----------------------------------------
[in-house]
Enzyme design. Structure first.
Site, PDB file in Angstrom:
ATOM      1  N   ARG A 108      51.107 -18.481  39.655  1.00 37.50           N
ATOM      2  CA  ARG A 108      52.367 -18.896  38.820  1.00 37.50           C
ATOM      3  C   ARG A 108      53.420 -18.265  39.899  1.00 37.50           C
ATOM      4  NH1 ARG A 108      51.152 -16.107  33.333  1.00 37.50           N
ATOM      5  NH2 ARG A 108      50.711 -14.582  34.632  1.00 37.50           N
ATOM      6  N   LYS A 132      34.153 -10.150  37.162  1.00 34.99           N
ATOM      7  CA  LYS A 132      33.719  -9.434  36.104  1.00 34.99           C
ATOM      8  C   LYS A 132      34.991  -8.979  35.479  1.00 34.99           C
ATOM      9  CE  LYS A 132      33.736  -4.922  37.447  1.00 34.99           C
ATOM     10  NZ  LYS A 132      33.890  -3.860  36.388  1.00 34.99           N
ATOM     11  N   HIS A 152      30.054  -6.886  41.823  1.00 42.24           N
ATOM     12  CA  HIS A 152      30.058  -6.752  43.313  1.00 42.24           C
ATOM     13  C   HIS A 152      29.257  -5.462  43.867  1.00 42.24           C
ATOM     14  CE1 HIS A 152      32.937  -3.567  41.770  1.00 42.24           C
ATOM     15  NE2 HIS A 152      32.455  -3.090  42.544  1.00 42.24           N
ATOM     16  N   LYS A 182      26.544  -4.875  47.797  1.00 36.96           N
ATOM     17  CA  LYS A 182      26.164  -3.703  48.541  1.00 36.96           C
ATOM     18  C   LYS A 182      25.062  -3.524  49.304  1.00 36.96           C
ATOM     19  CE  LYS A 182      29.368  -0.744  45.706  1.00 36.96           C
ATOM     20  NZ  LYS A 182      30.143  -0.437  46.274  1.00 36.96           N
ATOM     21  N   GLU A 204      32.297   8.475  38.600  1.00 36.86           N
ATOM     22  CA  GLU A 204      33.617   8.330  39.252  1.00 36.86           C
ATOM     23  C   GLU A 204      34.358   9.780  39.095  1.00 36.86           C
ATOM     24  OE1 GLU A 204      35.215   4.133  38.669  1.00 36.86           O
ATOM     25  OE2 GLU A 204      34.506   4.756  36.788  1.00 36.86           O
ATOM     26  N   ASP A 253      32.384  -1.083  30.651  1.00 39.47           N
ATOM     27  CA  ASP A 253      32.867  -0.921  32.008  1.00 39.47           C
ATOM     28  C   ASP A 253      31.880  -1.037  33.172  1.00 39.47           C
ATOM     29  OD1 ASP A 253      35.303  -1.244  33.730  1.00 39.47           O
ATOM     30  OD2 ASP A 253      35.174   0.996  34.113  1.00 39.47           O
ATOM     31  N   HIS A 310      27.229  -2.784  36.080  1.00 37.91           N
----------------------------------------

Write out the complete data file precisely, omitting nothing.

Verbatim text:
[in-house]
Enzyme design. Structure first.
Site, PDB file in Angstrom:
ATOM      1  N   ARG A 108      51.107 -18.481  39.655  1.00 37.50           N
ATOM      2  CA  ARG A 108      52.367 -18.896  38.820  1.00 37.50           C
ATOM      3  C   ARG A 108      53.420 -18.265  39.899  1.00 37.50           C
ATOM      4  NH1 ARG A 108      51.152 -16.107  33.333  1.00 37.50           N
ATOM      5  NH2 ARG A 108      50.711 -14.582  34.632  1.00 37.50           N
ATOM      6  N   LYS A 132      34.153 -10.150  37.162  1.00 34.99           N
ATOM      7  CA  LYS A 132      33.719  -9.434  36.104  1.00 34.99           C
ATOM      8  C   LYS A 132      34.991  -8.979  35.479  1.00 34.99           C
ATOM      9  CE  LYS A 132      33.736  -4.922  37.447  1.00 34.99           C
ATOM     10  NZ  LYS A 132      33.890  -3.860  36.388  1.00 34.99           N
ATOM     11  N   HIS A 152      30.054  -6.886  41.823  1.00 42.24           N
ATOM     12  CA  HIS A 152      30.058  -6.752  43.313  1.00 42.24           C
ATOM     13  C   HIS A 152      29.257  -5.462  43.867  1.00 42.24           C
ATOM     14  CE1 HIS A 152      32.937  -3.567  41.770  1.00 42.24           C
ATOM     15  NE2 HIS A 152      32.455  -3.090  42.544  1.00 42.24           N
ATOM     16  N   LYS A 182      26.544  -4.875  47.797  1.00 36.96           N
ATOM     17  CA  LYS A 182      26.164  -3.703  48.541  1.00 36.96           C
ATOM     18  C   LYS A 182      25.062  -3.524  49.304  1.00 36.96           C
ATOM     19  CE  LYS A 182      29.368  -0.744  45.706  1.00 36.96           C
ATOM     20  NZ  LYS A 182      30.143  -0.437  46.274  1.00 36.96           N
ATOM     21  N   GLU A 204      32.297   8.475  38.600  1.00 36.86           N
ATOM     22  CA  GLU A 204      33.617   8.330  39.252  1.00 36.86           C
ATOM     23  C   GLU A 204      34.358   9.780  39.095  1.00 36.86           C
ATOM     24  OE1 GLU A 204      35.215   4.133  38.669  1.00 36.86           O
ATOM     25  OE2 GLU A 204      34.506   4.756  36.788  1.00 36.86           O
ATOM     26  N   ASP A 253      32.384  -1.083  30.651  1.00 39.47           N
ATOM     27  CA  ASP A 253      32.867  -0.921  32.008  1.00 39.47           C
ATOM     28  C   ASP A 253      31.880  -1.037  33.172  1.00 39.47           C
ATOM     29  OD1 ASP A 253      35.303  -1.244  33.730  1.00 39.47           O
ATOM     30  OD2 ASP A 253      35.174   0.996  34.113  1.00 39.47           O
ATOM     31  N   HIS A 310      27.229  -2.784  36.080  1.00 37.91           N